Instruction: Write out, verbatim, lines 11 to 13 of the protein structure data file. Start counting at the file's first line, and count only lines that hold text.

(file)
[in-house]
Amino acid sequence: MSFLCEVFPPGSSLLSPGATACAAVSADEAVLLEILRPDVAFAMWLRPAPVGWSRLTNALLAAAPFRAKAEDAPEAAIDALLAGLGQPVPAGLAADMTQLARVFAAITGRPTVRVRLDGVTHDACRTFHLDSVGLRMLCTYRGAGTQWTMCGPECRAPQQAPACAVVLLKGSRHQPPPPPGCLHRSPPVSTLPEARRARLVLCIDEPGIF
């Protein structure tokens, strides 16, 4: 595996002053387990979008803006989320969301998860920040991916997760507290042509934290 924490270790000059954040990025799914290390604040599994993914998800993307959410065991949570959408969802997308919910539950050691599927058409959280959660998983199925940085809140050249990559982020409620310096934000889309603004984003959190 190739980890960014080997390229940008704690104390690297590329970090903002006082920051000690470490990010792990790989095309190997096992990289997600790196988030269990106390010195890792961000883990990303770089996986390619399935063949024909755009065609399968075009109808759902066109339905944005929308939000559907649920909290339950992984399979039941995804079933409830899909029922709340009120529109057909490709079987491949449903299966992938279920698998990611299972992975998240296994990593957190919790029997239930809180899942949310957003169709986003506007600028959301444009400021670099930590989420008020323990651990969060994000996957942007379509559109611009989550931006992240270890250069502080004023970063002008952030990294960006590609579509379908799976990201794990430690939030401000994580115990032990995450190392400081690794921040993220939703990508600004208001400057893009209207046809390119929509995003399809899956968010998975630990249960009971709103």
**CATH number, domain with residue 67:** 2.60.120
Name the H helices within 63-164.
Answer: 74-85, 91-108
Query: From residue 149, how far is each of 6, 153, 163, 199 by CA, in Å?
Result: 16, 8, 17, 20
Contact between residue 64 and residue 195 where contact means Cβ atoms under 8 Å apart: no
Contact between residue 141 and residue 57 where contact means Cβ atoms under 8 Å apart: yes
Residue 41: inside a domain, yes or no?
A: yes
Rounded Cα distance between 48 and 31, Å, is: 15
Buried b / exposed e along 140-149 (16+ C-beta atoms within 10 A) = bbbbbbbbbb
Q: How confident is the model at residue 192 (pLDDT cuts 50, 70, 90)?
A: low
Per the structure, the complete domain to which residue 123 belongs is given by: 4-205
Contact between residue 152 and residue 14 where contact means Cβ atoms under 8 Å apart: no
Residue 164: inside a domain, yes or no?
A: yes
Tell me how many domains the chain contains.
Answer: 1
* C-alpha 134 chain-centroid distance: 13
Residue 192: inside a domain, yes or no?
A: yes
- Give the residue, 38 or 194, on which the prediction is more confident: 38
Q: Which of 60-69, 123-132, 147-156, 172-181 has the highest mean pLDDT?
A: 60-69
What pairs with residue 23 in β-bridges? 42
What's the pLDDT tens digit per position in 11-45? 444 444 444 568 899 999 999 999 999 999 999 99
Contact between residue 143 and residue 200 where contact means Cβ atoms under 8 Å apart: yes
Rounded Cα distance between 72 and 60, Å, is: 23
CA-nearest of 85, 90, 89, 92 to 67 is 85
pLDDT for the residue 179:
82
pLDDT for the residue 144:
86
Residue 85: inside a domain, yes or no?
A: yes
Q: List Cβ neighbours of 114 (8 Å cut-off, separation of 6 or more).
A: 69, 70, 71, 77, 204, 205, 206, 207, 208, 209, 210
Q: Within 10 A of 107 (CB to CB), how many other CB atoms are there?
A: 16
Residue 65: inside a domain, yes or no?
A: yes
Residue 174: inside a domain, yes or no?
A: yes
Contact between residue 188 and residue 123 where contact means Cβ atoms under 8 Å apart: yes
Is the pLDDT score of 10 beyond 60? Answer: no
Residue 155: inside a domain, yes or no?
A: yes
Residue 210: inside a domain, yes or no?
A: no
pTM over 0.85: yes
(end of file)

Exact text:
Residue 41: inside a domain, yes or no?
A: yes
Rounded Cα distance between 48 and 31, Å, is: 15